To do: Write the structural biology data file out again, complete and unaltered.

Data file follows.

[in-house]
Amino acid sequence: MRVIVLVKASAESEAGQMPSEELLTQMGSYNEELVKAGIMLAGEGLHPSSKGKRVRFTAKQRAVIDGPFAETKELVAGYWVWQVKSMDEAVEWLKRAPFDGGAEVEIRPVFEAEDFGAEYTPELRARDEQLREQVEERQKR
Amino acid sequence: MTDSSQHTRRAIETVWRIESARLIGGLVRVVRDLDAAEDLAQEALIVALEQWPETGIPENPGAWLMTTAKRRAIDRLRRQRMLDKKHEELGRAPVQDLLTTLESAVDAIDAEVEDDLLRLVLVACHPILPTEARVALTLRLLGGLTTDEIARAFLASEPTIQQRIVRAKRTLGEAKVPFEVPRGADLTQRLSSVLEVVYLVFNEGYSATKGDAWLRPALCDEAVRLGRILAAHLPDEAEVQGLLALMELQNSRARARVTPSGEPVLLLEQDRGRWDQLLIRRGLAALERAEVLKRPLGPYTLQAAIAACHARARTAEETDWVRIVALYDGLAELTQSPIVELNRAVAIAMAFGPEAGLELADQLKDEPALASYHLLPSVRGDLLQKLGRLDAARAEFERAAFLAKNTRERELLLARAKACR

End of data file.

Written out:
[in-house]
Amino acid sequence: MRVIVLVKASAESEAGQMPSEELLTQMGSYNEELVKAGIMLAGEGLHPSSKGKRVRFTAKQRAVIDGPFAETKELVAGYWVWQVKSMDEAVEWLKRAPFDGGAEVEIRPVFEAEDFGAEYTPELRARDEQLREQVEERQKR
Amino acid sequence: MTDSSQHTRRAIETVWRIESARLIGGLVRVVRDLDAAEDLAQEALIVALEQWPETGIPENPGAWLMTTAKRRAIDRLRRQRMLDKKHEELGRAPVQDLLTTLESAVDAIDAEVEDDLLRLVLVACHPILPTEARVALTLRLLGGLTTDEIARAFLASEPTIQQRIVRAKRTLGEAKVPFEVPRGADLTQRLSSVLEVVYLVFNEGYSATKGDAWLRPALCDEAVRLGRILAAHLPDEAEVQGLLALMELQNSRARARVTPSGEPVLLLEQDRGRWDQLLIRRGLAALERAEVLKRPLGPYTLQAAIAACHARARTAEETDWVRIVALYDGLAELTQSPIVELNRAVAIAMAFGPEAGLELADQLKDEPALASYHLLPSVRGDLLQKLGRLDAARAEFERAAFLAKNTRERELLLARAKACR